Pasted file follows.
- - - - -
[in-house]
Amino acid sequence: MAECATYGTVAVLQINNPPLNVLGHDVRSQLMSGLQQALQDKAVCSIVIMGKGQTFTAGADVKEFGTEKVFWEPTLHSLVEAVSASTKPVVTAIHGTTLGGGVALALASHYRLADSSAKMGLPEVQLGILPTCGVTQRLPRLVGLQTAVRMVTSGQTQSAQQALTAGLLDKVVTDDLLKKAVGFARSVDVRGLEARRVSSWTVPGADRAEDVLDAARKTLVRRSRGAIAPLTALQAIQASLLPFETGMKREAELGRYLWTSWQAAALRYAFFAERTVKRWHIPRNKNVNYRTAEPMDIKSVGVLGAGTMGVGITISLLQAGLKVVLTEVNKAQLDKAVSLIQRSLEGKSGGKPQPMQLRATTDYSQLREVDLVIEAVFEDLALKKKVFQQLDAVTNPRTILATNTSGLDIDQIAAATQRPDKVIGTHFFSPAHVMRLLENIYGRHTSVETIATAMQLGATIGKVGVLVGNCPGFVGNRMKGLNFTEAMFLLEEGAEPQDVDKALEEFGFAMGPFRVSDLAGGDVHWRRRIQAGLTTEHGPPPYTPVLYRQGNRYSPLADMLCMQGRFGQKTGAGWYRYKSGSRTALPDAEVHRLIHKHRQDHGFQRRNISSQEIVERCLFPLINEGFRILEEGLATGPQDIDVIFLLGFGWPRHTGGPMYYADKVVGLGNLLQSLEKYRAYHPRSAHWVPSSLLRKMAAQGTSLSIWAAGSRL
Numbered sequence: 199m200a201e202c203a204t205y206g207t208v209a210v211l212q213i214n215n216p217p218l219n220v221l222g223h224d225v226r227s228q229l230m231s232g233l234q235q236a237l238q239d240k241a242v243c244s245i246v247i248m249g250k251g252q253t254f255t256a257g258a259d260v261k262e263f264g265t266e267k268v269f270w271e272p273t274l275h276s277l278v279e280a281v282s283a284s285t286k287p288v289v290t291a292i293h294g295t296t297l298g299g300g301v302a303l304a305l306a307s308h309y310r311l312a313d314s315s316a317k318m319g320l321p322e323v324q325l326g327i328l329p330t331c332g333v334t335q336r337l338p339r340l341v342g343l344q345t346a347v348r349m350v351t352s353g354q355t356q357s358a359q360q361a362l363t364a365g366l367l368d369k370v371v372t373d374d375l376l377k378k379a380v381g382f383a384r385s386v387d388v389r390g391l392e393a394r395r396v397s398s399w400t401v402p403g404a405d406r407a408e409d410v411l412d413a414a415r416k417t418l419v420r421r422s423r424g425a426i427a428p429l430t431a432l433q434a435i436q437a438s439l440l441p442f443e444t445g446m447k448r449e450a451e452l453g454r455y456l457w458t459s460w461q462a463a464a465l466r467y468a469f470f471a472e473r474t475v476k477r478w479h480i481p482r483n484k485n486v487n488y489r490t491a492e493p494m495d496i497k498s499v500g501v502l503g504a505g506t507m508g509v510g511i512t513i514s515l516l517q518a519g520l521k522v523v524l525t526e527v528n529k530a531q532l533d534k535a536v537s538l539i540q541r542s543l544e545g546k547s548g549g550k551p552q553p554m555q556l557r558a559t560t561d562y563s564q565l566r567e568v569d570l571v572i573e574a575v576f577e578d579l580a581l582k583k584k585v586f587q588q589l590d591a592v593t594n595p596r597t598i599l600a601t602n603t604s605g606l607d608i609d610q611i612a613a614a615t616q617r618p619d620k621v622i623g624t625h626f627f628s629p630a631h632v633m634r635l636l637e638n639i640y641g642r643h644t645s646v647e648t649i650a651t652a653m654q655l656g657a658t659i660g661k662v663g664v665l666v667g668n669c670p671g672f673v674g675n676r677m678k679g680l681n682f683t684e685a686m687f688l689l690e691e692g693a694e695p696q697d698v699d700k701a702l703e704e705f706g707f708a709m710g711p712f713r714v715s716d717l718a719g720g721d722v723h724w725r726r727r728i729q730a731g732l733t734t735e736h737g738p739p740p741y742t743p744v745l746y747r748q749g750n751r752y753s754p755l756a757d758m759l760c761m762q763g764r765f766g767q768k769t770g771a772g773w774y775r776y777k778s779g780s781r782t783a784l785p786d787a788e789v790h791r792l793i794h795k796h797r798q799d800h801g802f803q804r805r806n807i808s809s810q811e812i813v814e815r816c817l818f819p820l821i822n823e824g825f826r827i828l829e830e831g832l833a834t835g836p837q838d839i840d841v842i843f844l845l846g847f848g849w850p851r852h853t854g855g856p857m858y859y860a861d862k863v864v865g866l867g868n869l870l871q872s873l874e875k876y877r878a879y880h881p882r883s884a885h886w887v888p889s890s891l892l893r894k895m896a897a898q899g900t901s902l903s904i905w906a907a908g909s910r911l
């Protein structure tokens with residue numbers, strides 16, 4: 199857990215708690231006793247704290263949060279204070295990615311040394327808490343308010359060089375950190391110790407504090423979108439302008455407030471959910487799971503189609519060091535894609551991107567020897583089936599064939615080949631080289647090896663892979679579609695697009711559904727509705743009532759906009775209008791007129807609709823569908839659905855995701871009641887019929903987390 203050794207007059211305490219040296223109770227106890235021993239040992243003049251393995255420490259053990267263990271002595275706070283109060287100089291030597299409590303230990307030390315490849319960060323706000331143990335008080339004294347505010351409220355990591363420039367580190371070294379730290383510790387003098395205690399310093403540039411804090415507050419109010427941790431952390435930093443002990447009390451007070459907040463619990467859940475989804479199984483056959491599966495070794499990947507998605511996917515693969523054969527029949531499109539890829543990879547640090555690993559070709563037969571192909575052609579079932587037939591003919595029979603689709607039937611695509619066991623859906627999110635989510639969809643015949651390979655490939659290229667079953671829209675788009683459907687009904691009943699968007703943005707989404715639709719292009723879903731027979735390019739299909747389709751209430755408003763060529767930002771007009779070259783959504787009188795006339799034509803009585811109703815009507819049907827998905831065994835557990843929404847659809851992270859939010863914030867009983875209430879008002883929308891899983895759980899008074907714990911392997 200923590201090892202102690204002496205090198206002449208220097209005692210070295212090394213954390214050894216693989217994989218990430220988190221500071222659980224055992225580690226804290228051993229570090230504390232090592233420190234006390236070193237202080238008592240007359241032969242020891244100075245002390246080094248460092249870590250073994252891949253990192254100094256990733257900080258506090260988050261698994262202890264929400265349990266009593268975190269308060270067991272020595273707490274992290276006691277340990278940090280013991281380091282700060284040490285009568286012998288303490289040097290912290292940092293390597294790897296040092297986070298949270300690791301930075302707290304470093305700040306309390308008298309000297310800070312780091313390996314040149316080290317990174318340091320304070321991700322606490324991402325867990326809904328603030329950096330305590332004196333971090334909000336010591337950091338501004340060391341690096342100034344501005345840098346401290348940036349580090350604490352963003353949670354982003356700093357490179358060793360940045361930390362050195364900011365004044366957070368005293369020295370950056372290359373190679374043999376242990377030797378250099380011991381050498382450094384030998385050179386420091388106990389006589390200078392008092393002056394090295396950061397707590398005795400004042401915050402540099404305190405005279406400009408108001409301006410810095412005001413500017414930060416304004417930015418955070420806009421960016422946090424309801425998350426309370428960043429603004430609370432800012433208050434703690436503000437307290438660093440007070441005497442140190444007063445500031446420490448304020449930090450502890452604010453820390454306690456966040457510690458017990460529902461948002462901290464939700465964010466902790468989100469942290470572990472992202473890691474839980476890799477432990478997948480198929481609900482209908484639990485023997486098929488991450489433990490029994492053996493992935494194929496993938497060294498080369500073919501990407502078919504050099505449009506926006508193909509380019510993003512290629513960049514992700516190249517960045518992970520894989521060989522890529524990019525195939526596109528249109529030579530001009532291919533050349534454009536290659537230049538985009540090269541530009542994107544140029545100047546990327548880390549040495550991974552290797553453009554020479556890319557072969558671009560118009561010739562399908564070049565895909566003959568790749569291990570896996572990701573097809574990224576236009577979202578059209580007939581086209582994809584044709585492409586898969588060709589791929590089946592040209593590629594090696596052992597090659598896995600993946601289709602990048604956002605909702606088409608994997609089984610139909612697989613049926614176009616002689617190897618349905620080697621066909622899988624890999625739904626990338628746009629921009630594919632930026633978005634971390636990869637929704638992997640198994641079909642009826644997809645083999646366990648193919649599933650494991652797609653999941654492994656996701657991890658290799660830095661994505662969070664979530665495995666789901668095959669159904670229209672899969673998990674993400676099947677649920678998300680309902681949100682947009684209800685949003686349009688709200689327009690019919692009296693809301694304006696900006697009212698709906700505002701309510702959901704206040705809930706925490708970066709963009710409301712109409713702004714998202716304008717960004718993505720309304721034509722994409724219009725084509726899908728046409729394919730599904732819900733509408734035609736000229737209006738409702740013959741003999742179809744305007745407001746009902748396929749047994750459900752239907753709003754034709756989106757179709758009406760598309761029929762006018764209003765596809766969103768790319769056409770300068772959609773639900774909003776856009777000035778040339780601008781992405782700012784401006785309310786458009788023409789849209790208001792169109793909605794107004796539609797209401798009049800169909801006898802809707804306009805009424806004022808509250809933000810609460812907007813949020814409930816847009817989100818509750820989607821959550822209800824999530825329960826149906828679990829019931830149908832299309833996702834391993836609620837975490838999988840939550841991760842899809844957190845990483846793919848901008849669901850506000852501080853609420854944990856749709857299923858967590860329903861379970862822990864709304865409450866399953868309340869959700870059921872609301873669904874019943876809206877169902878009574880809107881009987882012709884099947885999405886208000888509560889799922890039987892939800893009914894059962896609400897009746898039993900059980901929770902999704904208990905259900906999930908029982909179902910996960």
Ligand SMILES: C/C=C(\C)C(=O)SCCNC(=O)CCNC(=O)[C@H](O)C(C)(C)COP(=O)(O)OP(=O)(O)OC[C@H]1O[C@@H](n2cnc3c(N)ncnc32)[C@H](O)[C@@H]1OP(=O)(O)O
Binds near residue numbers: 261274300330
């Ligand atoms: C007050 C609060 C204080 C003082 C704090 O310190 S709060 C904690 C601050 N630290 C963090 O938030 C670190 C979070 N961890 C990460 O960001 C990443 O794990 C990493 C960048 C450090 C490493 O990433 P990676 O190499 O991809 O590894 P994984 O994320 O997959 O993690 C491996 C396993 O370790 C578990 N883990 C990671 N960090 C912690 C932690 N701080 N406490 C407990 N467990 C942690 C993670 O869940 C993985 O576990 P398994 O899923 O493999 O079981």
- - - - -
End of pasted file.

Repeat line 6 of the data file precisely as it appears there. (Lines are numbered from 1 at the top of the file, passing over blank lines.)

Binds near residue numbers: 261274300330